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The court's role when considering a draft financial consent order is not simply to act as a rubber stamp. The court has a duty to scrutinise the agreement before it, but may make an order in the terms agreed on the basis of the information set out in the parties' statements of information, unless it has reason to believe that there are other circumstances into which it should enquire. The court will always retain its discretionary role under the Matrimonial Causes Act 1973. Clients should be advised of this and warned that it is not guaranteed that the court will approve the order (see Pounds v Pounds).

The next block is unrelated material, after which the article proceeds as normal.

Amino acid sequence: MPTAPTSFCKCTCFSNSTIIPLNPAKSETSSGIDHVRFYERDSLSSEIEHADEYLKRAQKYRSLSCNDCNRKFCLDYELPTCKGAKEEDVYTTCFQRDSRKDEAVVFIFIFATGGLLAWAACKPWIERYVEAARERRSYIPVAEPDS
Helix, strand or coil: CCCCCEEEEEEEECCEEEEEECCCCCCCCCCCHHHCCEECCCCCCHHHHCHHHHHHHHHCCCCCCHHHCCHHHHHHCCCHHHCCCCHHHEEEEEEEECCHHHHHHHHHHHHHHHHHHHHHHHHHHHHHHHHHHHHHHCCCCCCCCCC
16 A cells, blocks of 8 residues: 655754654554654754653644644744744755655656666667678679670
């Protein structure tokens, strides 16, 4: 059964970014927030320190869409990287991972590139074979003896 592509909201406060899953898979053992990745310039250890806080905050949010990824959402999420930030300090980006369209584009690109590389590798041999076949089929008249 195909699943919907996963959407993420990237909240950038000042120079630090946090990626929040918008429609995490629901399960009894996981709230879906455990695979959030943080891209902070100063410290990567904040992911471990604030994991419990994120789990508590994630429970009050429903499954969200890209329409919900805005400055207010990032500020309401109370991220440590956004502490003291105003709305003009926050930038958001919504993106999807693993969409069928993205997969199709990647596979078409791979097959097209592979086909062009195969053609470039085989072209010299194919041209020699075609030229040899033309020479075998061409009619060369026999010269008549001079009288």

The procedure for lodging a financial consent order is set out in Family Procedure Rules 2010 (FPR 2010)
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